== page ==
Gr. 2-4. Nineteenth-century silk handscrolls, painted by master Naganobu and housed in the New York Public Library's Spencer Collection, illustrate this handsome retelling of a much-loved Japanese folktale. The story bears similarities to American tall tales of heroic strongmen: an infant emerges from a peach, is dubbed Momotaro (Peach Boy) by his foster parents, and grows into a remarkable, ogre-defeating hero. Possibilities for group sharing are limited, as the handscroll segments have been scaled down to the dimensions demanded by the book's particular design and format, and the lengthy text tends to overwhelm the delicate art. Still, children unfamiliar with the story will find the text a useful gloss on the artwork. In a postscript, art historian Wada explains the symbolism of the paintings and talks about how the art was originally appreciated (the experience of viewing scrolls was "much like that of watching a movie"). Use this with Judy Sierra's Tasty Baby Belly Buttons (2003), an adaptation of the Peach Boy story with a girl as the main character, or as art-class inspiration. ((Reviewed May 15, 2005)) Copyright 2005 Booklist Reviews.Review by PW Annex Reviews
Rather than updating this classic Japanese folktale with new illustrations, the publisher boldly pairs Wada's lucid, lyrical retelling with the magnificent Momotaro handscroll of Japanese painter Kano Naganobu (1775–1828). Now housed at the New York Public Library, the scroll presents the story's dramatic moments ("Run for your lives, or surrender immediately!") with beguiling brush and ink figures shown against misty mountains and groves of bamboo, in tones of muted gray and rust. The scroll unrolls along the book's pages cinematically, with wide white borders emphasizing its horizontal breadth and expansive landscapes. Wada's narrative follows Momotaro through his remarkable early adventures and describes how he wins over his animal allies (a dog, monkey and pheasant). Momotaro's exploits have convulsed and amazed generations of Japanese children; mixing elements of the Daniel Boone and Robin Hood figures, he conquers a clan of terrible ogres who have terrorized the populace and stolen their treasure. The artist likes Momotaro and his animal sidekicks, but he prefers the ogres. They have lumps on their heads and blue and red bodies that resemble sacks of melons. Once the hero has driven their chief to capitulation, the ogres do whatever Momotaro tells them to, with hangdog looks. Adults should not shrink from the "high art" appearance of the scroll (a postscript describes the artist's fascinating process). Young readers will not hesitate to take his wild figures into the private stables of their own imaginations. A captivating choice. Ages 9-12. (May) Copyright 2005 Reed Business Information.Review by School Library Journal Reviews
Gr 3-8-For centuries, Japanese storytellers have recounted how Momotaro, the baby found inside a peach and raised by a childless couple, grew up to defeat a tribe of thieving ogres. Kano Naganobu (1775-1828), an official painter for the Shogun, depicted Momotaro's exploits on a pair of silk handscrolls. Wada has retold Peach Boy's adventures to accompany reproductions of scenes from those scrolls. The result is a handsome book that will invite older children to see this beloved story through Japanese eyes. The delicate watercolors depict the hero and his animal helpers against mist-shrouded backdrops of mountain and sea. All of the characters are small, moving through vast open spaces. Even the ogres are dwarfed by the landscape; they are presented as not-so-fearsome beings who repent their ways and voluntarily return their ill-gotten treasure. An afterword provides information about the artist and explains why the tale remains so popular. This title is not a substitute for versions aimed at younger readers, but it is an excellent supplement where authentic Japanese material is needed.-Margaret A. Chang, Massachusetts College of Liberal Arts, North Adams Copyright 2005 Reed Business Information.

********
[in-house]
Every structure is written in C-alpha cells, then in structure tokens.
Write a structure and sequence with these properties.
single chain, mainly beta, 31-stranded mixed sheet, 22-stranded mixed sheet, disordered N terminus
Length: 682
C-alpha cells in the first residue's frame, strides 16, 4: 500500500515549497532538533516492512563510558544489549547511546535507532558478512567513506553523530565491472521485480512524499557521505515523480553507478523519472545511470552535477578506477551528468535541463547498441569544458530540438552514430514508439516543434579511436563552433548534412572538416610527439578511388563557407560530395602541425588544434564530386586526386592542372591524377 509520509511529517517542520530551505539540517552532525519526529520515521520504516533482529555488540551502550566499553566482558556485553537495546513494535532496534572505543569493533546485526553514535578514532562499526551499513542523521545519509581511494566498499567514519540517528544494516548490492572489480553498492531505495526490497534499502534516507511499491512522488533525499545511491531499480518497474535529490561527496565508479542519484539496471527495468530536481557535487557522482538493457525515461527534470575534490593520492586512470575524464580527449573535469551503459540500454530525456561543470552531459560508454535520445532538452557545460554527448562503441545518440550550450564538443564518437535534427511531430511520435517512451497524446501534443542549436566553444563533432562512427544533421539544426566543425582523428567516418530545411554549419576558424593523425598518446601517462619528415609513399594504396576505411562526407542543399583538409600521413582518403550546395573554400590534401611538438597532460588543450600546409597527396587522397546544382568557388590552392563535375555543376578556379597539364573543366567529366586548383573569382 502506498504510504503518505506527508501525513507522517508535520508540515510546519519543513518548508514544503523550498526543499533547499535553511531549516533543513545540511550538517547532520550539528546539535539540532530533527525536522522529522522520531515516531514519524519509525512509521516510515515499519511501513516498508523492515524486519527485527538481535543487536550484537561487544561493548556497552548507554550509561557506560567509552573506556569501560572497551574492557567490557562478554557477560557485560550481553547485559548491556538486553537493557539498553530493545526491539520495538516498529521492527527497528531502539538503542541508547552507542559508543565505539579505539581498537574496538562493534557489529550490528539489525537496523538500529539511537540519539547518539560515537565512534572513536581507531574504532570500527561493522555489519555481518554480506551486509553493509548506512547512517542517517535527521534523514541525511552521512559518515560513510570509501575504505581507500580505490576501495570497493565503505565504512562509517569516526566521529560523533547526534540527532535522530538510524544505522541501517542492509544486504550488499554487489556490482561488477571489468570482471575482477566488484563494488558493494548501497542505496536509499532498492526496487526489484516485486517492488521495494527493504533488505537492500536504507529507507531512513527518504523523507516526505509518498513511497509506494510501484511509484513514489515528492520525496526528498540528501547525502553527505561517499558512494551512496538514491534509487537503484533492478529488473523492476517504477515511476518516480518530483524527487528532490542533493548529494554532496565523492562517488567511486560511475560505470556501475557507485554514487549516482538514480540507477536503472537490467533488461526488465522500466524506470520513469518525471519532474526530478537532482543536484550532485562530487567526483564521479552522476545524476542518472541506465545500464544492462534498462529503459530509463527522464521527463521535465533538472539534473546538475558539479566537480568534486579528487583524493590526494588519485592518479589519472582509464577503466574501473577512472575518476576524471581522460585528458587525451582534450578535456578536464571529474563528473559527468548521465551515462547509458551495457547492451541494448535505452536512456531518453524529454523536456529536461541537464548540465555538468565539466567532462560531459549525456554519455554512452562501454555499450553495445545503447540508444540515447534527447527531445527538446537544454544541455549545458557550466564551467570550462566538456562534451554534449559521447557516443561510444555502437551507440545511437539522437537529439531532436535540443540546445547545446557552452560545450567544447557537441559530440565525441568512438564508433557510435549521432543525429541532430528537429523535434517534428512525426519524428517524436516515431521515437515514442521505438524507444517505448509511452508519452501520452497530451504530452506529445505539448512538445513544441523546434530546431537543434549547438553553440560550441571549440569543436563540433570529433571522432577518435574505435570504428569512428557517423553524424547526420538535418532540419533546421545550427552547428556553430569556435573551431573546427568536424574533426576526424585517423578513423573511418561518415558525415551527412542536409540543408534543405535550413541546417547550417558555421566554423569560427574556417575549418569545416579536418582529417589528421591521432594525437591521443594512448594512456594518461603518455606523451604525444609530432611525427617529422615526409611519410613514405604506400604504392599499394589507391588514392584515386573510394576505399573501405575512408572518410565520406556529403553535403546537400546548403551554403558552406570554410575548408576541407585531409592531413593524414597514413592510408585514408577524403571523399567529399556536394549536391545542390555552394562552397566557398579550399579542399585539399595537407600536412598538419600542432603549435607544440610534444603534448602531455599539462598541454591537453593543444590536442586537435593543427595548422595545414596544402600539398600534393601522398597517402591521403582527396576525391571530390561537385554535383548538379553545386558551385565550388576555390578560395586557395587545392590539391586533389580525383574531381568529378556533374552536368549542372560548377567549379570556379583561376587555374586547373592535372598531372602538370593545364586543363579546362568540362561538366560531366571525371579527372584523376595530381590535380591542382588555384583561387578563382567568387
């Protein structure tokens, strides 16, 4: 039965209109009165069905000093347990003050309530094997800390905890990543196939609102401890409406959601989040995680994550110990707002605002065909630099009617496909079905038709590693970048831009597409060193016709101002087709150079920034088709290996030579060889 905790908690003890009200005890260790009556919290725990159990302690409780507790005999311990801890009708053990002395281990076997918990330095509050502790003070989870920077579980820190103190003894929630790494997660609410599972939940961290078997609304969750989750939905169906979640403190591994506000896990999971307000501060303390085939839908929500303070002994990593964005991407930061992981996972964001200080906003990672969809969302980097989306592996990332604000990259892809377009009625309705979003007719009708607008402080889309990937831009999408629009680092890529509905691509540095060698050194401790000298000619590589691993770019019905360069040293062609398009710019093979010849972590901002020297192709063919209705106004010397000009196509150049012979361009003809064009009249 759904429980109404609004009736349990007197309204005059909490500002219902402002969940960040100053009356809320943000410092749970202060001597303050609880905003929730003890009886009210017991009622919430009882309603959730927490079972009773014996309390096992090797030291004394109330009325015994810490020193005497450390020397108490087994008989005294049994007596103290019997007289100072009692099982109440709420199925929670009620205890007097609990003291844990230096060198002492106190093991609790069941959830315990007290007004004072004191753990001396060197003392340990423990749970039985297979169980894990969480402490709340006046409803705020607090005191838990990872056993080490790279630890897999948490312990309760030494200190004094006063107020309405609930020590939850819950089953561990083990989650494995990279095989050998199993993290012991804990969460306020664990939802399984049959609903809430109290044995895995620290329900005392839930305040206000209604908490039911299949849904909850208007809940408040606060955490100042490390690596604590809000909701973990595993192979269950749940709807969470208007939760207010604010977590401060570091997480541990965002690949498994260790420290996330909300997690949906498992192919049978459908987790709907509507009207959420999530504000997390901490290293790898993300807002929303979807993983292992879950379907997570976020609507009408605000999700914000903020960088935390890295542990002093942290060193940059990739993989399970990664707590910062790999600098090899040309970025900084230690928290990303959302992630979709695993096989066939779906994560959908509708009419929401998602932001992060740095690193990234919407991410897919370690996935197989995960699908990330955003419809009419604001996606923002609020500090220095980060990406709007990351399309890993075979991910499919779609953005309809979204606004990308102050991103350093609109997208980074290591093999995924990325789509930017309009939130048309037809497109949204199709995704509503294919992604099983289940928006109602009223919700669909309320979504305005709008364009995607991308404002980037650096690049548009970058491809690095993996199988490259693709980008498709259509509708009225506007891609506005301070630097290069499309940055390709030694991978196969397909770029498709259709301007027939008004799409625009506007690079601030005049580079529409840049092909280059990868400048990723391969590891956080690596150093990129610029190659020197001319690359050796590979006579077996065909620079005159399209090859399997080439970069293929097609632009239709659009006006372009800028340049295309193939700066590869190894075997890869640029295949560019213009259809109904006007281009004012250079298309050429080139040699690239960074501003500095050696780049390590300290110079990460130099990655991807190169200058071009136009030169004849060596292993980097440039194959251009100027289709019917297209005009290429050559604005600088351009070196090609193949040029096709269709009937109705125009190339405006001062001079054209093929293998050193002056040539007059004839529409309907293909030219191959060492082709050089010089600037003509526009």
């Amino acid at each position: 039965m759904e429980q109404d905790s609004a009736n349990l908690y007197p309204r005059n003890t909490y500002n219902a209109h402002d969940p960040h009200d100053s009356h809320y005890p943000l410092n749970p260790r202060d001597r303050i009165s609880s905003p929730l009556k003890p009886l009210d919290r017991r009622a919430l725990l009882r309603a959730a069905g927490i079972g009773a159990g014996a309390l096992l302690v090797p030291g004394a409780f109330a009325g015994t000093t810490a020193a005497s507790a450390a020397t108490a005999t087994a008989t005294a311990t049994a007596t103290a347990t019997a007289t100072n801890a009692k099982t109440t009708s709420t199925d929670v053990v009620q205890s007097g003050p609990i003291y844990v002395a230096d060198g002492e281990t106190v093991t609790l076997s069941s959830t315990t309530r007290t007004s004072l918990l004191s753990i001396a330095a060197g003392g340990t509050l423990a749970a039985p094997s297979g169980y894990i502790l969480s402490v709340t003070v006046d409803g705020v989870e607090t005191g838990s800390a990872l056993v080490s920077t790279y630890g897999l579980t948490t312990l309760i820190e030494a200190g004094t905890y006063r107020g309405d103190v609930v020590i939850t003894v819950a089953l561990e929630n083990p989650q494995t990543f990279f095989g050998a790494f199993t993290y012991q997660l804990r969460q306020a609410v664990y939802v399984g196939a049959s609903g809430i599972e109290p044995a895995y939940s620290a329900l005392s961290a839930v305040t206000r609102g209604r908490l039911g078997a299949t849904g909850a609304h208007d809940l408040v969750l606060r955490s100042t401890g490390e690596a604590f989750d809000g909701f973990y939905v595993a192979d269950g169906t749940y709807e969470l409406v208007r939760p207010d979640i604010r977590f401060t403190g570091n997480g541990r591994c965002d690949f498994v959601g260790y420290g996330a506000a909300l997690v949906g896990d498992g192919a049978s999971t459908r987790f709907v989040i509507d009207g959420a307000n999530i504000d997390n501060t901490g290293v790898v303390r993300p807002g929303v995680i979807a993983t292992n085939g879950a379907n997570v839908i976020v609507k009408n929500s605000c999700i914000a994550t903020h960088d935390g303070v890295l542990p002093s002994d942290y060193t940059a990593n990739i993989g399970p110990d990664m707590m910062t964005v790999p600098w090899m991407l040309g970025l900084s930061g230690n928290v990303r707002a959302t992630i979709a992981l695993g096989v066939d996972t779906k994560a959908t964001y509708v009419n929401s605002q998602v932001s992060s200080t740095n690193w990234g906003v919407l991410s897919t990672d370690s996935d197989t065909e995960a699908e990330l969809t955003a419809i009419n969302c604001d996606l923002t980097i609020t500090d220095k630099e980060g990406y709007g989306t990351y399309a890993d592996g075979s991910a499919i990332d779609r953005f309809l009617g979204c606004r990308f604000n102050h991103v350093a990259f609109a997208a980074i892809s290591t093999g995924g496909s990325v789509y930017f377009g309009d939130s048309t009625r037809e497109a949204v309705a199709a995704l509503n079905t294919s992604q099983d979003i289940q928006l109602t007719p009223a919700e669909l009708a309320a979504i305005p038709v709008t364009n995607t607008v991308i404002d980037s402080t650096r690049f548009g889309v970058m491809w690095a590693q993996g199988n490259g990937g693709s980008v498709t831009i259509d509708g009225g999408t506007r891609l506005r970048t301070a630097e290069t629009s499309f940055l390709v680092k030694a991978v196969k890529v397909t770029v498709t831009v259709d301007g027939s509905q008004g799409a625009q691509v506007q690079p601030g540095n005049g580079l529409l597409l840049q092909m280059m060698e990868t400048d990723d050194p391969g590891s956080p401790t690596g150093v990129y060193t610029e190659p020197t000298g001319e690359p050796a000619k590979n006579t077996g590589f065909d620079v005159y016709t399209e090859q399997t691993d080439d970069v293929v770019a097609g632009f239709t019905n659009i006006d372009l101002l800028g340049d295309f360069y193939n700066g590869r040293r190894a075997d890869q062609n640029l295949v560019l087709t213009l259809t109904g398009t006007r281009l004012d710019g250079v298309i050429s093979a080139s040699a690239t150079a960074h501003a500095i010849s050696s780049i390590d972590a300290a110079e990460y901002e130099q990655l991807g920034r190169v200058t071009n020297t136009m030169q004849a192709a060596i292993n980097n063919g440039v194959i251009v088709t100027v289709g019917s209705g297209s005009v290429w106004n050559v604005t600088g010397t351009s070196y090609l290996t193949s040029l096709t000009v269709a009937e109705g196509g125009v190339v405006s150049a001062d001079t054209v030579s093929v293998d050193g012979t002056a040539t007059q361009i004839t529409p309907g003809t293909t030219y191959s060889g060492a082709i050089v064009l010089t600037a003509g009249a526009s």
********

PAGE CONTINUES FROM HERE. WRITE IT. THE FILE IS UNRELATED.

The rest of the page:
Found floating on the river inside a peach by an old couple, Momotaråo grows up and fights the terrible demons who have terrorized the village for years.Review by Publisher Summary 2
One of Japan's best-loved children's stories brought to life by the extraordinary imagery of an early nineteenth-century handscroll.Review by Publisher Summary 3
The amazing adventures of Momotaro, a boy found inside a peach and raised by an elderly couple, is one of Japan's most popular folktales. An exquisite handscroll painted by Kano Naganobu (1775-1828) contains one of the finest illustrated versions of the tale known today. The illustrations are reproduced in their entirety as the story follows Momotaro's journey to the terrifying Island of Ogres. After befriending a dog, a monkey, and a pheasant, Momotaro crosses the sea with his new companions and lays siege to the demons' fearsome mountain fortress. The battle is a fierce one, but Momotaro and his friends prevail; they recover the demon's ill-gotten treasure and restore it to its rightful owners.One of the first Japanese folktales to have been translated into English, the story of Momotaro is a delightful and lively voyage of the imagination that can be enjoyed by young and old alike. A lengthy postscript to the tale looks at the tradition of illustrated folk stories in Japan, with examples of Momotaro pictures and related imagery in various forms of art, including painting and woodblock printing. The career of the artist, Kano Naganobu, and the artistic climate in which he worked are also reviewed.